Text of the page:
B6.3 Integer Programming (2018-2019)

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2018-2019
Lecturer(s): 
Prof. Raphael Hauser
Course Term: 
Michaelmas
Course Lecture Information: 

16 lectures

Course Weight: 
1.00 unit(s)
Course Level: 
H

Assessment type:

Course Overview: 

In many areas of practical importance linear optimisation problems occur with integrality constraints imposed on some of the variables. In optimal crew scheduling for example, a pilot cannot be fractionally assigned to two different flights at the same time. Likewise, in combinatorial optimisation an element of a given set either belongs to a chosen subset or it does not. Integer programming is the mathematical theory of such problems and of algorithms for their solution. The aim of this course is to provide an introduction to some of the general ideas on which attacks to integer programming problems are based: generating bounds through relaxations by problems that are easier to solve, and branch-and-bound.

Learning Outcomes: 

Students will understand some of the theoretical underpinnings that render certain classes of integer programming problems tractable ("easy'' to solve), and they will learn how to solve them algorithmically. Furthermore, they will understand some general mechanisms by which intractable problems can be broken down into tractable subproblems, and how these mechanisms are used to design good heuristics for solving the intractable problems. Understanding these general principles will render the students able to guide the modelling phase of a real-world problem towards a mathematical formulation that has a reasonable chance of being solved in practice.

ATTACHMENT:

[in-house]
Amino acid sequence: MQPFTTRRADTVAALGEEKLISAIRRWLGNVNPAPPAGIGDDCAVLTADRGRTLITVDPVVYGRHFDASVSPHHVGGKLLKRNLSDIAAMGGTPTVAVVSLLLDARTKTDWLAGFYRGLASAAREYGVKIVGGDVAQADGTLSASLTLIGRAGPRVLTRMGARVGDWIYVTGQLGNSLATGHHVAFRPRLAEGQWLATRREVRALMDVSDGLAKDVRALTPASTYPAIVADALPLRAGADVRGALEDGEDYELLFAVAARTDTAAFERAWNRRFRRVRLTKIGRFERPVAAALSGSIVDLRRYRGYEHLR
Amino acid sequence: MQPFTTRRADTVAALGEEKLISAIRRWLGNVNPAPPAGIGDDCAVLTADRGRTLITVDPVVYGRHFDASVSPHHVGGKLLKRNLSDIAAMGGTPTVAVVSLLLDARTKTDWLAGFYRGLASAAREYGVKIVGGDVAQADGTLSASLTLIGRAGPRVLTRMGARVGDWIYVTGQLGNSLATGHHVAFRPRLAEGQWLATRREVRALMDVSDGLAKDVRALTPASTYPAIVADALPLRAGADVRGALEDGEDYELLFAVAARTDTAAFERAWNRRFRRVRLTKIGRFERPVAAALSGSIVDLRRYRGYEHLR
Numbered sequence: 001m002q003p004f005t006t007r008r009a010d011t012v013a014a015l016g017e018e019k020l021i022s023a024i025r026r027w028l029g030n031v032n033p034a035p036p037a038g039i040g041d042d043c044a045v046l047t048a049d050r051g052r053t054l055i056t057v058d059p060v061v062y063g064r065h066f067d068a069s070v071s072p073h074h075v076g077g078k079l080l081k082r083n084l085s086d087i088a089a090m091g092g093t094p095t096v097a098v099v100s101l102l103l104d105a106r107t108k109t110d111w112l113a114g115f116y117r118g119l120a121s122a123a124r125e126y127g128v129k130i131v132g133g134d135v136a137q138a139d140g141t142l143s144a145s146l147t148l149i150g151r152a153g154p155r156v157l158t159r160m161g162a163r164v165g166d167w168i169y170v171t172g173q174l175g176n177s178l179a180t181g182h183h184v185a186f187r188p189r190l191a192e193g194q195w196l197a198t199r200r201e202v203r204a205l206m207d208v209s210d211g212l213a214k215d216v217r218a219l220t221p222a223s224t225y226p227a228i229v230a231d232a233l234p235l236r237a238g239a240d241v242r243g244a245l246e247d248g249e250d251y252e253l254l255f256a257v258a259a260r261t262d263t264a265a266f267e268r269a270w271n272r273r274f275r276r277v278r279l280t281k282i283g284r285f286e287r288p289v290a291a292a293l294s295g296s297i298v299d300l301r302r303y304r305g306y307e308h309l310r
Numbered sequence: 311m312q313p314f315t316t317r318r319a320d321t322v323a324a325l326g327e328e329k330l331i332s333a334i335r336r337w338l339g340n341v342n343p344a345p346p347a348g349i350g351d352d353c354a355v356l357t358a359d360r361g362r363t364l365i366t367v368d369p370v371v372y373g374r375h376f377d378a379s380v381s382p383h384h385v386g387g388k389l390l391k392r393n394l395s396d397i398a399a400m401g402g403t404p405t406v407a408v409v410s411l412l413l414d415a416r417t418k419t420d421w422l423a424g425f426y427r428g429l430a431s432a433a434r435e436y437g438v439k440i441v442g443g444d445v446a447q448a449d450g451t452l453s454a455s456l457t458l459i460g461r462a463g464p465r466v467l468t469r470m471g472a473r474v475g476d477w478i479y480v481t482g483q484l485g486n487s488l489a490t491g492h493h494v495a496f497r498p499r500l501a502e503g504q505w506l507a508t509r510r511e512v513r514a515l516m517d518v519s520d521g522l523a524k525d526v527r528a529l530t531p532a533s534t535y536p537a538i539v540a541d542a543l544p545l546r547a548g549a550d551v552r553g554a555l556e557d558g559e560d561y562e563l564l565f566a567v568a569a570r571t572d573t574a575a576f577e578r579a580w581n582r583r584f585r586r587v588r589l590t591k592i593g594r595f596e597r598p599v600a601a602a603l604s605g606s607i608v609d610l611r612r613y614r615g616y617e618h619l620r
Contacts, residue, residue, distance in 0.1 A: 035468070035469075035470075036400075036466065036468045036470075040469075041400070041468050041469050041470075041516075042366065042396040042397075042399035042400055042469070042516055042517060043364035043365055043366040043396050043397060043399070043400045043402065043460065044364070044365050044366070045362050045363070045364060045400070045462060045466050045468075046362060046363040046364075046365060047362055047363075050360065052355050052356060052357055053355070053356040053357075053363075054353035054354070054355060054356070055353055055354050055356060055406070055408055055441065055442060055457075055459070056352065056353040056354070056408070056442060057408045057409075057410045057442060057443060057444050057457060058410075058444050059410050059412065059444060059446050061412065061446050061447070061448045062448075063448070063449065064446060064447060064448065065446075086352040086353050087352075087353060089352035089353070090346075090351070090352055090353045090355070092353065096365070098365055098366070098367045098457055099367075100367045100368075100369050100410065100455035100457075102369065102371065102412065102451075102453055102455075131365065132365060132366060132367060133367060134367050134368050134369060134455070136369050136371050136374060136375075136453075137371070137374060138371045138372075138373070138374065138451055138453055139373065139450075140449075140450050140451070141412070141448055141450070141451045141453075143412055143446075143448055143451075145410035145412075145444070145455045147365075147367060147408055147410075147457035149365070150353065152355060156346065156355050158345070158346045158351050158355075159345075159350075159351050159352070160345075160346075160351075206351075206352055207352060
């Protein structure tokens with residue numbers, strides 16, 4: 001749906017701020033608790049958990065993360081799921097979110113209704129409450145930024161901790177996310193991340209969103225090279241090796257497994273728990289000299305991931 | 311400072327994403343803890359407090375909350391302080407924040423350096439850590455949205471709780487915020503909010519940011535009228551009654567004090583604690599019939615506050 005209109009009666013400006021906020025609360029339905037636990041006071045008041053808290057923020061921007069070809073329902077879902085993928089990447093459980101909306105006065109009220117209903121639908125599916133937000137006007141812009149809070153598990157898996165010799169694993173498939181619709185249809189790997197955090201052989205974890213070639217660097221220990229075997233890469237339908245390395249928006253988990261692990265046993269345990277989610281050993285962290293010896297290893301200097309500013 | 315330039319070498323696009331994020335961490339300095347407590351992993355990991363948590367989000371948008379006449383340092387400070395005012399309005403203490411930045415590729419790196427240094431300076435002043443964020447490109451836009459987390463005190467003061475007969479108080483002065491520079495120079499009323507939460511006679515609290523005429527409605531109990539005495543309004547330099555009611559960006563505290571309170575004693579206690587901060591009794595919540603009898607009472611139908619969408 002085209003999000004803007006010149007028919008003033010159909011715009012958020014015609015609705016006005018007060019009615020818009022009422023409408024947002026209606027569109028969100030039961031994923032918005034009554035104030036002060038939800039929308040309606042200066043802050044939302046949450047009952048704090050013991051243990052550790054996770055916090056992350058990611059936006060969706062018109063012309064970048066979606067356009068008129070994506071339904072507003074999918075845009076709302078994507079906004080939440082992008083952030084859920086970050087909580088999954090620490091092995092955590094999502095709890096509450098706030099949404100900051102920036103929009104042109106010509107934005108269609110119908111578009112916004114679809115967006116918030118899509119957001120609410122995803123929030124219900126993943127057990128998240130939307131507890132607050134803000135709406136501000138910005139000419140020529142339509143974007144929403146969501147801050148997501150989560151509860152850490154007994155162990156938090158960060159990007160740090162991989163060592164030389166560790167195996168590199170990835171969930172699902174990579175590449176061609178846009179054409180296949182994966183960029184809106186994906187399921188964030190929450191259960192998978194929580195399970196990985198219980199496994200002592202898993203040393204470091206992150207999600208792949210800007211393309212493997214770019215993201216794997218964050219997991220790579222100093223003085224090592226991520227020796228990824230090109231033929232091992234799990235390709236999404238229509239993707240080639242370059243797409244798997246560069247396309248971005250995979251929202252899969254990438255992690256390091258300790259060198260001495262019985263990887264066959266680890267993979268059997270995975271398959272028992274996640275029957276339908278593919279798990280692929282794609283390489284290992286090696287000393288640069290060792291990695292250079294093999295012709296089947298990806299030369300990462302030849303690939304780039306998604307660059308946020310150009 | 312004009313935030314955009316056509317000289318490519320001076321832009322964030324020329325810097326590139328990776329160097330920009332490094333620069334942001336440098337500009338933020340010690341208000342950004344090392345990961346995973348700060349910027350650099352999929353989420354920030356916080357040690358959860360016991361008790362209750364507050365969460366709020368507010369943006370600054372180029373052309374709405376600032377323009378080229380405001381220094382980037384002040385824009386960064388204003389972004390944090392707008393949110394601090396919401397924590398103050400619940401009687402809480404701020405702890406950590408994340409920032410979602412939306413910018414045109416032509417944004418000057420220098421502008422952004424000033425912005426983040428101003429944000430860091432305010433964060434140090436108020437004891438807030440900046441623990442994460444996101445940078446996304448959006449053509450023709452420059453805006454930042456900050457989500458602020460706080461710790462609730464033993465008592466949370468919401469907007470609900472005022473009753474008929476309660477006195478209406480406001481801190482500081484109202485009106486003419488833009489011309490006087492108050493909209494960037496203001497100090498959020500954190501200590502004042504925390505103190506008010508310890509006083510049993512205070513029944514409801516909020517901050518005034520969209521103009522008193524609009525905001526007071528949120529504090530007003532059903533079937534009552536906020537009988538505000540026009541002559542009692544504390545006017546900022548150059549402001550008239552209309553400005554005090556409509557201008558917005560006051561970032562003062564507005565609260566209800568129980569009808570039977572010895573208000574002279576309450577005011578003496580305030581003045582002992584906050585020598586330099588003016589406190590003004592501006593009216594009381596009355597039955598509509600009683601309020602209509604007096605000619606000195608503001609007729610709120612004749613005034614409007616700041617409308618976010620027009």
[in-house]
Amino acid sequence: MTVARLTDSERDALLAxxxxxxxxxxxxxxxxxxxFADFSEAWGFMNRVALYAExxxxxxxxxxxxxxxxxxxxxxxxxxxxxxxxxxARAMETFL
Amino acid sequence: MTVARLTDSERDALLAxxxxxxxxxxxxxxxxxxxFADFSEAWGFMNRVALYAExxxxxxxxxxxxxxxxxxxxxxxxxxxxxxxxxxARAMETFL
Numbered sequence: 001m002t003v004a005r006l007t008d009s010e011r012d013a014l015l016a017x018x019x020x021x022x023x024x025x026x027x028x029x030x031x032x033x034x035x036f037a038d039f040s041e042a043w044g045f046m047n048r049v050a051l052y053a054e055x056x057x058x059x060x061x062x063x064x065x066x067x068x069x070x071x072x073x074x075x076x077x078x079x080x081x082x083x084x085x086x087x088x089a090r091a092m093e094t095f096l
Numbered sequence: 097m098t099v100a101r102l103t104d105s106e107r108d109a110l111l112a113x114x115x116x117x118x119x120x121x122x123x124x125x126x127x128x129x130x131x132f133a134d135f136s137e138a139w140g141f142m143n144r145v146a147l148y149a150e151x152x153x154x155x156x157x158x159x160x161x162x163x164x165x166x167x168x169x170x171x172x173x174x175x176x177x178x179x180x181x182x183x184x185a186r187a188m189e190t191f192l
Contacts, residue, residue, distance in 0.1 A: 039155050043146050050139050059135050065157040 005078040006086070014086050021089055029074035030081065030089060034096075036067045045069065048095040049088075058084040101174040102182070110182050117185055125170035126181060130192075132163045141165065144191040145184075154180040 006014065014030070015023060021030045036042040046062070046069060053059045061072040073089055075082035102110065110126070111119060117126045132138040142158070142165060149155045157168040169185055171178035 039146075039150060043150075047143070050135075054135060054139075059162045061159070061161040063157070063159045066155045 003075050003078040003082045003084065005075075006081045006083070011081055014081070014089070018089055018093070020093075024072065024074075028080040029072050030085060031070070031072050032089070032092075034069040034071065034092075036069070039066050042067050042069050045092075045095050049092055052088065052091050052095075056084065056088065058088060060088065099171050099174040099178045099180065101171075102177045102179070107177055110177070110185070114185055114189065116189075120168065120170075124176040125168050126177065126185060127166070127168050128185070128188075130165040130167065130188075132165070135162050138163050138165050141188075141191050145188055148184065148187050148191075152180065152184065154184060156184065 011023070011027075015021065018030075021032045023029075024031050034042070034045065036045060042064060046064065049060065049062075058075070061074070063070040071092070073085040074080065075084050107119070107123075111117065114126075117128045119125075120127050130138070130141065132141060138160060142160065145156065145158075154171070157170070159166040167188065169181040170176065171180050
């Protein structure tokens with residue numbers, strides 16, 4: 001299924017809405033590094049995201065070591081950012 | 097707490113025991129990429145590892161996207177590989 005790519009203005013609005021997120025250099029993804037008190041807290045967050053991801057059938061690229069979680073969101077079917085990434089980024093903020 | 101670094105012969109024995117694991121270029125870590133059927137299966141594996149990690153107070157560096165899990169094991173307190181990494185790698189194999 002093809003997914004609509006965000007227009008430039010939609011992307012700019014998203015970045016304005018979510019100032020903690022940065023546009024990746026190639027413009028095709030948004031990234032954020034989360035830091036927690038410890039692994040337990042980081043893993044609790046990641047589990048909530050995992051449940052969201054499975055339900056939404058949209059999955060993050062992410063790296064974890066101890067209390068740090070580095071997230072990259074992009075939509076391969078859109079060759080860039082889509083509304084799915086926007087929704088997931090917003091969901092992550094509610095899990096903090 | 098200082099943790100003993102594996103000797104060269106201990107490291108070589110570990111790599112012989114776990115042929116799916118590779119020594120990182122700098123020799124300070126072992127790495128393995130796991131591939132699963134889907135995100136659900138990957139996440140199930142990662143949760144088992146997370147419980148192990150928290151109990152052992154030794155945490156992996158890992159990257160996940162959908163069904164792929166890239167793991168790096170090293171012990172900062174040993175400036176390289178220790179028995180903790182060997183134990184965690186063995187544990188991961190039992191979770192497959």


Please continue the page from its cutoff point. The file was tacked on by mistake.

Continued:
Course Synopsis: 
  • Classical examples of Integer Programming problems (IP): the Assignment Problem, the Knapsack Problem, the Travelling Salesman Problem, the Shortest Path Problem.
  • Linear programming (LP) and the simplex method.
  • Linear programming duality, sensitivity analysis.
  • Total unimodularity and ideal formulations of IPs.
  • Submodularity and the Greedy Algorithm. Connections to regularised least squares.
  • LP based branch-and-bound for general integer programming problems.
  • Delayed column generation and the cutting-stock problem.
  • Branch-and-Cut algorithms and the General Assignment Problem.
  • Lagrangian relaxation.
  • Lagrangian Duality and the Subgradient Algorithm.
Reading List: 
  1. L. A. Wolsey, Integer Programming (John Wiley & Sons, 1998), parts of chapters 1-5 and 7.

Please note that e-book versions of many books in the reading lists can be found on SOLO and ORLO.